Research-related stories featured in PT in Motion News are intended to highlight a topic of interest only and do not constitute an endorsement by APTA. For synthesized research and evidence-based practice information, visit the association's PTNow website.

    US House Members Echo APTA, Coalition Members' Call for Reduced Use of Prior Authorization by Medicare Advantage Plans

    Calling the requirements "onerous and often unnecessary," more than 100 members of the US House of Representatives are pressing for improvements to the way prior authorization (PA) is used—and often misused—in Medicare Advantage (MA) plans. The lawmakers' call for changes echoes concerns voiced earlier this year by a coalition that includes APTA.

    A bipartisan group of 103 legislators signed on to the October 10 letter to US Centers for Medicare and Medicaid Services (CMS) administrator Seema Verma, requesting that Verma direct the agency to conduct investigations around the use of prior authorization in MA, and to issue guidance "dissuading" MA plans from including requirements that include unnecessary barriers to care.

    "It is our understanding that some plans require repetitive prior approvals for patients that are not based on evidence and may delay medically necessary care," the lawmakers write. "Many of these PA requirements are for services or procedures performed in accordance with an already-approved plan of care, as part of appropriate, ongoing therapy for chronic conditions, or for services with low PA denial rates."

    The letter underscores the message delivered to Verma earlier this year by way of a letter from the Coalition to Preserve Rehabilitation (CPR), a group of 28 health provider, patient, and care professional and advocacy groups that includes APTA, the American Association of People with Disabilities, the American Occupational Therapy Association, the Brain Injury Association of America, the Epilepsy Foundation, the Michael J. Fox Foundation for Parkinson's Research, and the Paralyzed Veterans of America, among others.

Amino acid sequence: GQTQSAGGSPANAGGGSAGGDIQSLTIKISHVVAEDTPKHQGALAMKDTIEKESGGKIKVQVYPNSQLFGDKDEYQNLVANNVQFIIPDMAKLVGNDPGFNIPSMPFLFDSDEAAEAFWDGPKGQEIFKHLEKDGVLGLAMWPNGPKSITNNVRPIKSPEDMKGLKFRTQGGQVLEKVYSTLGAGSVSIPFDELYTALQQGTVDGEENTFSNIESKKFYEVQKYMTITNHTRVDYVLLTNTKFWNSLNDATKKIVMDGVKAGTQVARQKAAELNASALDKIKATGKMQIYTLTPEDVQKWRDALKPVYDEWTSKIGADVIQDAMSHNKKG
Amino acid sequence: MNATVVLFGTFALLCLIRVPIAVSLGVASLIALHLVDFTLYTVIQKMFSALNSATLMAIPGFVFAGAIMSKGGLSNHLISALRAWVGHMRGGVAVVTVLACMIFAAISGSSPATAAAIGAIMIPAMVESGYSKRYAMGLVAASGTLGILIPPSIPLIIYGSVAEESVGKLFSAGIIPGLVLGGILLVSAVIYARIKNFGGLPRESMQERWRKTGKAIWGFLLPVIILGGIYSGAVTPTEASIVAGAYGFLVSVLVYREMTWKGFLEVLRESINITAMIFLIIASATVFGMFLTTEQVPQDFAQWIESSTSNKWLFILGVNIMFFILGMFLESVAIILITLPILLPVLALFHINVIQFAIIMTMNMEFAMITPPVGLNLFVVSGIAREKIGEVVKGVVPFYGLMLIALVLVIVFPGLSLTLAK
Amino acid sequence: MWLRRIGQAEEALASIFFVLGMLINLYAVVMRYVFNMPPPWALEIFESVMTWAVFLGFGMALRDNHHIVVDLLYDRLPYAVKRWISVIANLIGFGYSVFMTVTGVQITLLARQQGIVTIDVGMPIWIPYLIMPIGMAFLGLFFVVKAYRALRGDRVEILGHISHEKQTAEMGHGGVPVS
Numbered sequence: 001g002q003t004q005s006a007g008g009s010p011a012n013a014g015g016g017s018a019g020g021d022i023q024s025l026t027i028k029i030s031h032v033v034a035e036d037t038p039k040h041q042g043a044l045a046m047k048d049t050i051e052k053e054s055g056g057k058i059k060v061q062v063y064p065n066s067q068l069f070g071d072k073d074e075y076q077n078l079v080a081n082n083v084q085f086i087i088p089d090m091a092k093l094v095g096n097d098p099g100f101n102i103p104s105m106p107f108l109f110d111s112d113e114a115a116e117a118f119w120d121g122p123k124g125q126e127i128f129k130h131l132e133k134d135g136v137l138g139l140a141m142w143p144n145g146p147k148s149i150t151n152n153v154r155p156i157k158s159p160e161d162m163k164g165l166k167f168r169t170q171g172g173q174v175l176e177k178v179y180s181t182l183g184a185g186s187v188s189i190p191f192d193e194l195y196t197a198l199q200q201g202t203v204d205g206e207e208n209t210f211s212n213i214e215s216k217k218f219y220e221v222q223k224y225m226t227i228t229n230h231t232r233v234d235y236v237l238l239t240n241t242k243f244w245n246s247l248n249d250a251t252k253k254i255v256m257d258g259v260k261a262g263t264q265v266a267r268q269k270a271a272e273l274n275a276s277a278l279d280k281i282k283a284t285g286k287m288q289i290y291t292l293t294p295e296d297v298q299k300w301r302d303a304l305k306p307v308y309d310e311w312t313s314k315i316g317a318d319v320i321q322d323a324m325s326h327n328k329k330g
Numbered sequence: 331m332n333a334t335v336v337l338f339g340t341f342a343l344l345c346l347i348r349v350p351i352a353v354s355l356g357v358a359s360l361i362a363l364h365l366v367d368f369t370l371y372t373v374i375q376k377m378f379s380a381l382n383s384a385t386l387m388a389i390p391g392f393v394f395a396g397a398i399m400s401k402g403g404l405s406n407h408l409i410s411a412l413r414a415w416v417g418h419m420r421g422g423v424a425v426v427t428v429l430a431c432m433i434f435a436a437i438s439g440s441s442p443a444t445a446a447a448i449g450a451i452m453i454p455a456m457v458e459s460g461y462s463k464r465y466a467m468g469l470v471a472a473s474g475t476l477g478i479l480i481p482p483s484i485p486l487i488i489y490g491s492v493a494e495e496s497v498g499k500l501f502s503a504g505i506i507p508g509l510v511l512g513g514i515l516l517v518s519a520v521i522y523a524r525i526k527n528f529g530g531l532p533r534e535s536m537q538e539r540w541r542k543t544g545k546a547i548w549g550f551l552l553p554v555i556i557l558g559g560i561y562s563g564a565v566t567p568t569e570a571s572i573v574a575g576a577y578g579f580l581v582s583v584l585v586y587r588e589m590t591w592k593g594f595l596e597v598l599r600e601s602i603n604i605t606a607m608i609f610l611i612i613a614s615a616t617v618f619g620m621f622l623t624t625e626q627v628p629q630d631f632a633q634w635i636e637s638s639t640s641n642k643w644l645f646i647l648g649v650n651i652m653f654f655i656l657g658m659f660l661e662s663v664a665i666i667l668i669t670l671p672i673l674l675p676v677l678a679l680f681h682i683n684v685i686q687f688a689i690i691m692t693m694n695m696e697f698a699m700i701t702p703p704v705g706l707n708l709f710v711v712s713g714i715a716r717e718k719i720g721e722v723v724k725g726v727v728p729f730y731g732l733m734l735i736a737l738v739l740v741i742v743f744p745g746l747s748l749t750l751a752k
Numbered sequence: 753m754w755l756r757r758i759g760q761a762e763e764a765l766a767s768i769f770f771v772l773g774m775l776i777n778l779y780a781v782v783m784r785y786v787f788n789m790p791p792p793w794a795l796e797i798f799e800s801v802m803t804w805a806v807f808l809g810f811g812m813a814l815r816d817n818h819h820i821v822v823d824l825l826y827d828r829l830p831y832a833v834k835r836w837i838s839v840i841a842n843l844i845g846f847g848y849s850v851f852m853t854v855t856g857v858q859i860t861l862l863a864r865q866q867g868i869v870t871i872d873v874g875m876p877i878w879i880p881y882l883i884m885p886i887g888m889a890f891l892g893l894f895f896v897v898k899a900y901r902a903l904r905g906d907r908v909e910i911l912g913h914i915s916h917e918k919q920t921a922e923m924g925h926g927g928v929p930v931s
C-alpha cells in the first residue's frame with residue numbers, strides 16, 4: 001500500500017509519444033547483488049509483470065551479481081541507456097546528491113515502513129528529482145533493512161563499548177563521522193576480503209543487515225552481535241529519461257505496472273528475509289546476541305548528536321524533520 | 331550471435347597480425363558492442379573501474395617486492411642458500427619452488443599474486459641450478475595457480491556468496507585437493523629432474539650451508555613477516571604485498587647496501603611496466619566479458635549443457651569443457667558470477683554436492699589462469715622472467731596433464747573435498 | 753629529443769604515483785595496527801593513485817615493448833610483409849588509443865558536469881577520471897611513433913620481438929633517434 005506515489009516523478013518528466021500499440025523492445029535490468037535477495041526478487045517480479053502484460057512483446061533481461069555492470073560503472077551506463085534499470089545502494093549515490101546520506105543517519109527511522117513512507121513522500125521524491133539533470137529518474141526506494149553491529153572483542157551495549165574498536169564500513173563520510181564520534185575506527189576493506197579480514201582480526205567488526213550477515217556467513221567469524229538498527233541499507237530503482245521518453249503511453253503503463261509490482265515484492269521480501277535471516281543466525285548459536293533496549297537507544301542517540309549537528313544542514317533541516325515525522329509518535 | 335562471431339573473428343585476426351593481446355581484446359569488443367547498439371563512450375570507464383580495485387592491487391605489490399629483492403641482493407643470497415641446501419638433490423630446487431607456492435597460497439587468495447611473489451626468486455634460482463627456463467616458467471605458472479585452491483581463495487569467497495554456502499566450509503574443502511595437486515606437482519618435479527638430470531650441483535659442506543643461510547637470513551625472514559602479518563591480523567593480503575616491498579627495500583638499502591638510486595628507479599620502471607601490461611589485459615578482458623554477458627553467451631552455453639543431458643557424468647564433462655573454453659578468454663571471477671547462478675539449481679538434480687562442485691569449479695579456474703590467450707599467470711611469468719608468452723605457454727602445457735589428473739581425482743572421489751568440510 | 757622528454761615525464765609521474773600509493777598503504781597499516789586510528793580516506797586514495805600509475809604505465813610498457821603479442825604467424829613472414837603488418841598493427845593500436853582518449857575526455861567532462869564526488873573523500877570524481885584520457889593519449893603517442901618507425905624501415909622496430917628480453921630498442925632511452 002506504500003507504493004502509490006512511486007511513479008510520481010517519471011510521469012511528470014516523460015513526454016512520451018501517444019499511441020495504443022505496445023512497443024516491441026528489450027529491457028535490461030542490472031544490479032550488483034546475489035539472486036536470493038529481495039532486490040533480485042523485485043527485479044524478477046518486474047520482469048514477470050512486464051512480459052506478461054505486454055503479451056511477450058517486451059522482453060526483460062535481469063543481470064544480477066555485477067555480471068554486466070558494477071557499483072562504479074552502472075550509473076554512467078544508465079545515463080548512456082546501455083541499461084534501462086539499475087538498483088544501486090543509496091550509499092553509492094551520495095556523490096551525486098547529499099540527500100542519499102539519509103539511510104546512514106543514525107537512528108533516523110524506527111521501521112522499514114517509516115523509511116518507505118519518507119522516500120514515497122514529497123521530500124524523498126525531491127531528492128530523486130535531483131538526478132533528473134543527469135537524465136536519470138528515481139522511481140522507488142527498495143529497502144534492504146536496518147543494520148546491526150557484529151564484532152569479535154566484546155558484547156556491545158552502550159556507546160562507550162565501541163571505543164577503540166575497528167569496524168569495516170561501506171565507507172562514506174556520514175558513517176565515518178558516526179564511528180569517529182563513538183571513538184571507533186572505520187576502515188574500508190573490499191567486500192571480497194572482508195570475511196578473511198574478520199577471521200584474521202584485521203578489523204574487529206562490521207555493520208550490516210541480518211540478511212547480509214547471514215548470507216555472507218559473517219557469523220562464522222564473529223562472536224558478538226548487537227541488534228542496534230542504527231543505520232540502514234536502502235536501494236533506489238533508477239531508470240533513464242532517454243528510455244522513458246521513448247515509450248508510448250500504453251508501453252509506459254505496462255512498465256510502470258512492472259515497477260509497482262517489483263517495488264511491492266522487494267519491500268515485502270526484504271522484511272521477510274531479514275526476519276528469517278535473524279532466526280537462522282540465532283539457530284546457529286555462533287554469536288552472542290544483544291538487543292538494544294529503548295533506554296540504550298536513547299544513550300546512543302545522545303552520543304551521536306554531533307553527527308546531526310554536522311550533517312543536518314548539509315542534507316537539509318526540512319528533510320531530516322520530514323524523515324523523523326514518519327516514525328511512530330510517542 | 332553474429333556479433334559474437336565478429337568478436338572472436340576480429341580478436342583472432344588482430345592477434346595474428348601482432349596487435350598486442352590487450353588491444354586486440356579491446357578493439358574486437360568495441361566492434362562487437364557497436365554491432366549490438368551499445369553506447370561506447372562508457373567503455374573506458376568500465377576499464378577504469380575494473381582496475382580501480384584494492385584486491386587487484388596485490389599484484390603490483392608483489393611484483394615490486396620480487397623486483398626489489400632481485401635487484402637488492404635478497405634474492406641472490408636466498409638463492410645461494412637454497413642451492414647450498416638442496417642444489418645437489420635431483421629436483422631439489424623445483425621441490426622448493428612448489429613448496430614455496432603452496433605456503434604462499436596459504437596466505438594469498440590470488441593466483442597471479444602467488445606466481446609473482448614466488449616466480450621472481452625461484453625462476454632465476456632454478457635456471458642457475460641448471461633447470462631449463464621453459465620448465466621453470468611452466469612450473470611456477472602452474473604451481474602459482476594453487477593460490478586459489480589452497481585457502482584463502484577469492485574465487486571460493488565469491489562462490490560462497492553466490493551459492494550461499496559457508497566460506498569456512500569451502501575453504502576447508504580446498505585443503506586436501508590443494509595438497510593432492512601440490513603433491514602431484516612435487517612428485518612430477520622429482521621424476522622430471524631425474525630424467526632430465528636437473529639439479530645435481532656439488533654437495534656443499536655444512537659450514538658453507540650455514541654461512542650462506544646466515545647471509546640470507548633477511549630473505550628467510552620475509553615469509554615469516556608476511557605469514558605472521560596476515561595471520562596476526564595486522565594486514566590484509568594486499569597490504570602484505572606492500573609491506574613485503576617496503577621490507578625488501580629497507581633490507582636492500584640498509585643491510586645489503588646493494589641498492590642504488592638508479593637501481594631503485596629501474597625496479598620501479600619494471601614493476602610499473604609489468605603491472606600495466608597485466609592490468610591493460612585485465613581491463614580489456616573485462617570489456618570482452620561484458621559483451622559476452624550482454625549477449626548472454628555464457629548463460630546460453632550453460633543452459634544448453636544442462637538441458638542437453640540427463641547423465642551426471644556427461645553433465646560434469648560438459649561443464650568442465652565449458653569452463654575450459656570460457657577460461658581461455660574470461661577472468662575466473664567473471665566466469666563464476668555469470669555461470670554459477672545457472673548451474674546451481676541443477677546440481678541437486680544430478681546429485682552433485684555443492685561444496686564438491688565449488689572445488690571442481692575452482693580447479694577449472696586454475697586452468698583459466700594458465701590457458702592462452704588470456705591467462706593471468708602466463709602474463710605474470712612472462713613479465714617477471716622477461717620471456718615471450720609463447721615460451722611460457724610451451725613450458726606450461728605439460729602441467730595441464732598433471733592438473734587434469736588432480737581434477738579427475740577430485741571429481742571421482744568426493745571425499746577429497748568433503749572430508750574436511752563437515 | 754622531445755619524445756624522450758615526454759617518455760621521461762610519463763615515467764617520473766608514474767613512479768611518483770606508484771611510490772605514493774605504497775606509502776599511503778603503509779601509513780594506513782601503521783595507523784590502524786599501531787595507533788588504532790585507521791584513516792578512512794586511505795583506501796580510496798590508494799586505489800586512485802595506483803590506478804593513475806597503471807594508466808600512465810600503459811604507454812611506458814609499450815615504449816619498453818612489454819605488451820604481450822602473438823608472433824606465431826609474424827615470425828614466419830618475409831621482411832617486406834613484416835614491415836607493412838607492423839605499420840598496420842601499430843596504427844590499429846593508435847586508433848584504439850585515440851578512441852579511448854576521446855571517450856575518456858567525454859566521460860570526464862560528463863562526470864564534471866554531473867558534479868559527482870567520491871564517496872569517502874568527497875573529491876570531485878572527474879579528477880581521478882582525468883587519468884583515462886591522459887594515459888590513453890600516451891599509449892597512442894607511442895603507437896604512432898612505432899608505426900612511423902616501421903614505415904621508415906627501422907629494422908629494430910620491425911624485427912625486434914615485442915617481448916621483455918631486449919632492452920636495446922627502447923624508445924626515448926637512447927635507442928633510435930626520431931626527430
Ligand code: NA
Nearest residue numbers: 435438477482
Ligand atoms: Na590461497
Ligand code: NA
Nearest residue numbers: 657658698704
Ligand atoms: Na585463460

The CPR letter suggests that CMS take its cue from the private insurance industry, which has been moving away from prior authorization, or at least investigate which prior authorization policies get in the way of medically necessary care. The coalition also recommends that CMS impose greater oversight of MA plans, with "stronger directives to MA plans to limit the use of prior authorization to services that are demonstrably overutilized."

    The legislators' letter to Verma makes reference to the efforts of "key stakeholders"—presumably, CPR and other groups—and requests that "you and your staff engage with these organizations on additional opportunities to improve the PA process for all stakeholders."

    APTA will continue to monitor this issue and share developments as they arise.

    Updated MedPAC 'Payment Basics' Series Provides Medicare Payment System Overview

    Given some of the major shifts in the Medicare payment landscape over the past few years, gaining an understanding of even the big-picture workings of the system can be a tall order. The Medicare Payment Advisory Commission (MedPAC) offers an updated resource that can help.

    Now available for free download: MedPAC's latest version of "Payment Basics," a series of informational sheets that describe the need-to-know elements of 20 different Medicare payment systems. Areas covered include outpatient therapy, skilled nursing facilities, home health services, hospital acute inpatient services, and more. The newest version of the resource updates the 2015 edition.

    Most information sheets provide background on how the system is organized and flowcharts for a visual representation of how that particular payment system works.

    Quick facts from MedPAC Payment Basics: According to the MedPAC report on outpatient therapy, in 2016 Medicare spent $7.6 billion on outpatient therapy services, a 6% increase from 2015. Physical therapy services accounted for 72% of all spending in this area. In terms of settings, nursing facilities and physical therapy private practice clinics accounted for 71% of the spending, at 37% and 33%, respectively. Hospitals were next, at 16%.

    New Report Looks at Link Between Surgery-Related Opioid Prescriptions, Later Opioid Abuse

    Calling surgery "a long-ignored gateway to persistent opioid use, dependence, and addiction," the Plan Against Pain (PAP) has issued a new report that focuses on the relationship between opioid prescriptions for surgical procedures and later opioid dependence and abuse. The bottom line: though there are glimmers of hope, the overall outlook remains bleak, with 12% of patients who had a soft tissue or orthopedic operation in the past year reporting that they had become addicted or dependent on opioids after surgery. APTA's #ChoosePT opioid awareness campaign is a Selected Partner of PAP.